Michael Leibson, a musical analyst who also serves as a forensic musicologist, stated in a recent conversation with Listen that determinations are often based less on any single parameter of musical identity than on the cumulative similarities of these parameters between any two pieces. “Assuming that there are musical features that are fundamental to the genre in question, features that are, by definition, not copyrightable,” says Leibson, “I look for parameters that are copyrightable: uniquely identifiable melodic features (intervals or rhythms that are unusual to the style), unusual use of particular modes, highly specific orchestrations, unusual and highly identifiable phrase structures or musical form, and so on. If one of these uniquely identifiable features is shared by two songs, it can signal that something is going on. If then two or more of them are found within the same two pieces, they form a foundation of evidence upon which a case of copyright infringement can be made.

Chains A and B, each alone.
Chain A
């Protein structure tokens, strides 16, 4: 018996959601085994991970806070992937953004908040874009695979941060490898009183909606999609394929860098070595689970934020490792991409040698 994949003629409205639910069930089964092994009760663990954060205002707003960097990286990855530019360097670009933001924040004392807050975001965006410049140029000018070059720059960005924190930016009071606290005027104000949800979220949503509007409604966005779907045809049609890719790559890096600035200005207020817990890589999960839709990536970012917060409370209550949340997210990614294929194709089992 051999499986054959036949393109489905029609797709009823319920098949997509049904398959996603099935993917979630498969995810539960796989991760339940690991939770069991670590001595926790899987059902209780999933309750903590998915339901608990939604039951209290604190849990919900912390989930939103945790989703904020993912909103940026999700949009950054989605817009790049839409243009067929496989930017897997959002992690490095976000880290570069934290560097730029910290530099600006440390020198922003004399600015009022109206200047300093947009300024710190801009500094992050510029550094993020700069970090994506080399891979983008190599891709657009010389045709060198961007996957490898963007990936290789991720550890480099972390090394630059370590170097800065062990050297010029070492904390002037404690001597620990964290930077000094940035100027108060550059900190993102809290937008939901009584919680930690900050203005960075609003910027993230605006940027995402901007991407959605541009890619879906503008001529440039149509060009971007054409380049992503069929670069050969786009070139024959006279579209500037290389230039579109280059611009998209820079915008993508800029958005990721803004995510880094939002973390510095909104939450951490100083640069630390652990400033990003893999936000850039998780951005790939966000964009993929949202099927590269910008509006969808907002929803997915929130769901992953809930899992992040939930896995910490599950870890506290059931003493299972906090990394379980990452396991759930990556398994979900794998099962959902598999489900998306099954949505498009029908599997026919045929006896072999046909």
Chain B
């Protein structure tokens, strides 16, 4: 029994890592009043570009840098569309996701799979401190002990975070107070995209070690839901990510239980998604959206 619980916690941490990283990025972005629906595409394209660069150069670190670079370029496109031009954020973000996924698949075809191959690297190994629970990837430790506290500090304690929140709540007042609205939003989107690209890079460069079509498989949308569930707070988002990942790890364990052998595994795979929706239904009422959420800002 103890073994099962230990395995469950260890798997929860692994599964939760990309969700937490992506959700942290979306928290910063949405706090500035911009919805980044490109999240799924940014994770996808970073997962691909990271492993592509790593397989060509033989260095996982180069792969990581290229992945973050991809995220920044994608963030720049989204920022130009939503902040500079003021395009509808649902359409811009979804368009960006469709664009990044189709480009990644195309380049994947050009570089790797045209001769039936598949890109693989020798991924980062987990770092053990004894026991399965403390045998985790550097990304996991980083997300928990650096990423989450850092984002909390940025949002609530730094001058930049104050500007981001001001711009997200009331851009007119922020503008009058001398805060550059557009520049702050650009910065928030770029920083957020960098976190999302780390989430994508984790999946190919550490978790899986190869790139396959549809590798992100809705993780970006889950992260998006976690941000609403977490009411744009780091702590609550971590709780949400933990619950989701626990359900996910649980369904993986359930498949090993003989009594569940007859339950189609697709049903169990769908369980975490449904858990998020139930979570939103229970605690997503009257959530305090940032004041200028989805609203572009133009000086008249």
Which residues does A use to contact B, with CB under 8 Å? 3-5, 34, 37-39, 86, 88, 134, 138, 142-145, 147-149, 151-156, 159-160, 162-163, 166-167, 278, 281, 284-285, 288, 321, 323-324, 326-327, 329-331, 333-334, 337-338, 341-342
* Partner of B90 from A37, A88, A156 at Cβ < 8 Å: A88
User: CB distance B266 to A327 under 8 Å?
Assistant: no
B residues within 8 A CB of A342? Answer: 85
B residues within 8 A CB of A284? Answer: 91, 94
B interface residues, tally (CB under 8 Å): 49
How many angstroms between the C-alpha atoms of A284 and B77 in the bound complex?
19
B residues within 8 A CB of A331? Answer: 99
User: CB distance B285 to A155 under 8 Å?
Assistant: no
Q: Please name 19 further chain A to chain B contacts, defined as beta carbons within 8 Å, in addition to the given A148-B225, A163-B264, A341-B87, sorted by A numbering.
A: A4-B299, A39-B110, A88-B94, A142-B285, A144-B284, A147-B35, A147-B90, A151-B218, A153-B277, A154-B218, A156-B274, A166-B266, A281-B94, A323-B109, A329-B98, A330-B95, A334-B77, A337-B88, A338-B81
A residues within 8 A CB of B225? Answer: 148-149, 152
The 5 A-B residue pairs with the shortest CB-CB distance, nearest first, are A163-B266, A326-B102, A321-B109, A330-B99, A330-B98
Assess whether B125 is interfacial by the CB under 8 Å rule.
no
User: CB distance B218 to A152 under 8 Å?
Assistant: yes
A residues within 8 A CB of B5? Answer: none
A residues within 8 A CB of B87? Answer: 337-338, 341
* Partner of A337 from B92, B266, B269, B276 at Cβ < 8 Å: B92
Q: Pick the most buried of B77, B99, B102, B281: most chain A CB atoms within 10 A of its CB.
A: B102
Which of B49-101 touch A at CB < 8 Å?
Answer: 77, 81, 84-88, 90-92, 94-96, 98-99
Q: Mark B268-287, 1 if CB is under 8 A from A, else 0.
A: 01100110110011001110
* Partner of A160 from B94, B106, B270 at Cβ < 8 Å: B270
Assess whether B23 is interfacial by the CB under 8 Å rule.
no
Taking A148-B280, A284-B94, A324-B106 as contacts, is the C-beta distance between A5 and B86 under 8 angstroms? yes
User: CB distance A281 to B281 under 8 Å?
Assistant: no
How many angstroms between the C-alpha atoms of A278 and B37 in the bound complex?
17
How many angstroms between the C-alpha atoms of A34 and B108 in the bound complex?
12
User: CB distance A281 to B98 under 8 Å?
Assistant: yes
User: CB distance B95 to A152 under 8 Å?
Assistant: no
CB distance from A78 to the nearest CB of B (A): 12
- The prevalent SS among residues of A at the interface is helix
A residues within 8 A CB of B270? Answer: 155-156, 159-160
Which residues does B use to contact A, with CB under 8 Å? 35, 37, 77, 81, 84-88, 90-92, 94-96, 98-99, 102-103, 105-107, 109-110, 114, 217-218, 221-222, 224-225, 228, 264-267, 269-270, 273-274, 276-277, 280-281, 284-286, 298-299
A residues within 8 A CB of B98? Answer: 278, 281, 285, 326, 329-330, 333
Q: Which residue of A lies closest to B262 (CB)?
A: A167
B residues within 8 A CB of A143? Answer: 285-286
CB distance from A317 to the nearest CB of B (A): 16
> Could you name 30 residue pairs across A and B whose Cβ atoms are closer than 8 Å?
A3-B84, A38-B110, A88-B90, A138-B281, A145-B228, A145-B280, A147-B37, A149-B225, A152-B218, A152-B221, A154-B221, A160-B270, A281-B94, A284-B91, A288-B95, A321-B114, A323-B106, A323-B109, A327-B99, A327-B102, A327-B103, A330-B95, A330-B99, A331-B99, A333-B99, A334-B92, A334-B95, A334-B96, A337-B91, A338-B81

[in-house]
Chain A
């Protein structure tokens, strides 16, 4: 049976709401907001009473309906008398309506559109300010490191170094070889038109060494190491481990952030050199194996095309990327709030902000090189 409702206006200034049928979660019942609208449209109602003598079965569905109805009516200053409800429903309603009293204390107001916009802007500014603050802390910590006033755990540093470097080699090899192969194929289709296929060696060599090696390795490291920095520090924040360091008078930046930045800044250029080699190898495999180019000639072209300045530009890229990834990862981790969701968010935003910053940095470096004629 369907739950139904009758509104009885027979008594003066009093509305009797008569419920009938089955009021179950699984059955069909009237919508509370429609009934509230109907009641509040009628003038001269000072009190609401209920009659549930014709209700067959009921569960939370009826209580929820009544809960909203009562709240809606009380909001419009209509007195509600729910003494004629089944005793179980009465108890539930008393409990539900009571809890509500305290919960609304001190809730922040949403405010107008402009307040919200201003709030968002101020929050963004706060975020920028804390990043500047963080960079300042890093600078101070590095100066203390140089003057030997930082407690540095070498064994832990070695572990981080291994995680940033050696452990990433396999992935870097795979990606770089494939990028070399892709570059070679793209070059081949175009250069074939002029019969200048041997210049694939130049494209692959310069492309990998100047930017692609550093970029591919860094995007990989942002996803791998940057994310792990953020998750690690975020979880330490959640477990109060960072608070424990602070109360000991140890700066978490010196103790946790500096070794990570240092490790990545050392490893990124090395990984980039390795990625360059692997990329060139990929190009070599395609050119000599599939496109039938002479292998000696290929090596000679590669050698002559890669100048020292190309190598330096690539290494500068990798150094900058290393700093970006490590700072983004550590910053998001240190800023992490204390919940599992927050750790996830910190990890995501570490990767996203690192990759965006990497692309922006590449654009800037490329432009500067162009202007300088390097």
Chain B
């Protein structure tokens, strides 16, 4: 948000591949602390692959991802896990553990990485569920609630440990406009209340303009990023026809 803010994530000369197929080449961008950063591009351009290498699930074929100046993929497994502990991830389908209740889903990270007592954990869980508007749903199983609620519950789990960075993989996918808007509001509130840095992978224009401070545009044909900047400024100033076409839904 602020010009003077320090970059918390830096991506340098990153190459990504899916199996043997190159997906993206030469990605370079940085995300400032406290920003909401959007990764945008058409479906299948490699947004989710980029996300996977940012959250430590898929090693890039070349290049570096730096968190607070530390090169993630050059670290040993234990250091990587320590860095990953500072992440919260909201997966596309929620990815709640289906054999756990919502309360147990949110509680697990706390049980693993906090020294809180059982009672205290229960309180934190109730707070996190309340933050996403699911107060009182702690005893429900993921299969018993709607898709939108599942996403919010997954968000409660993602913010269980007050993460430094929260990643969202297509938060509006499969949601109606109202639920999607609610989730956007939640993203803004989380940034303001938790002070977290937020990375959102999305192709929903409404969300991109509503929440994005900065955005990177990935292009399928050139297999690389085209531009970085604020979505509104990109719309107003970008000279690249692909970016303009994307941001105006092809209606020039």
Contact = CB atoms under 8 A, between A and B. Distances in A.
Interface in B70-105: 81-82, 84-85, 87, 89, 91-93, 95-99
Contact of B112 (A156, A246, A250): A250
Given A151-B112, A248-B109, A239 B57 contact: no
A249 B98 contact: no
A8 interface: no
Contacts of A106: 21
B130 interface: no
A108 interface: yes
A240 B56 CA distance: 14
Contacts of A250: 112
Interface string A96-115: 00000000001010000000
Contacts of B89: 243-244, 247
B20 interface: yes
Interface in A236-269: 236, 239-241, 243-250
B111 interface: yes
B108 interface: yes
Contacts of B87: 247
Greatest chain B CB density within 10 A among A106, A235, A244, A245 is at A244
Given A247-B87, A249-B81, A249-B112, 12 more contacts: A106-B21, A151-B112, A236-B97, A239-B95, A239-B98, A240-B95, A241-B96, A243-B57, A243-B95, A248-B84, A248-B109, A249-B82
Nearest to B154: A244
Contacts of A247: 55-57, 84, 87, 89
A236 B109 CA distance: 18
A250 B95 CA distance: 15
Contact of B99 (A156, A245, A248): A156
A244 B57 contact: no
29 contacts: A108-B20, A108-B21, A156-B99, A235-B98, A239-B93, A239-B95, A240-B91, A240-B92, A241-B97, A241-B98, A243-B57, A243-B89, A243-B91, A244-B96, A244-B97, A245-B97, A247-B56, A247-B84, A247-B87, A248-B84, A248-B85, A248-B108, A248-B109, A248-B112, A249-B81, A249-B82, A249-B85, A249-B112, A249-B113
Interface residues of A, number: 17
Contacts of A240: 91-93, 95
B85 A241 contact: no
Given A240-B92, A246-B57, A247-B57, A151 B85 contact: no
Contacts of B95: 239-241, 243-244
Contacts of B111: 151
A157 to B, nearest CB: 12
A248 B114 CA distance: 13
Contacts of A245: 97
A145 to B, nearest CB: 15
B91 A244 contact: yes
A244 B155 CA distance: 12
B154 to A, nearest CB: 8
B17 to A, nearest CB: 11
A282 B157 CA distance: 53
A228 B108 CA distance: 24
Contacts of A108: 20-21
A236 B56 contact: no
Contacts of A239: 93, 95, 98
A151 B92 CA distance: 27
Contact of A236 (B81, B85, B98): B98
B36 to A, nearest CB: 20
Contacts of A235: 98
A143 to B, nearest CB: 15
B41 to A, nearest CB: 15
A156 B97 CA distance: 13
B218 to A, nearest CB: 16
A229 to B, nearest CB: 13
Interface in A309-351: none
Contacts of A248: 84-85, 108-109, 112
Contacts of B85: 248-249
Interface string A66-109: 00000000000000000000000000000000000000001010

Got to give it up. Robin Thicke and Pharrell Williams suffered a legal defeat to Marvin’s Gaye’s children, who hold the copyright to the late singer’s music. Left, Gaye’s daughter, Nona Gaye, speaks at a press conference following the jury’s verdict.

“From there, the nature of the case itself determines what follows: legal proceedings are, for many, prohibitively costly. Given solid evidence and a confident, skilled lawyer, these cases are most often settled out of court. In cases that pit an unknown songwriter against a famous, corporate-backed band, the outcome sadly depends on who has the deeper pockets. Simply put, corporations can afford to extend legal cases to the point that the plaintiff goes bankrupt or backs off — no matter how solid the unknown songwriter’s evidence may be.”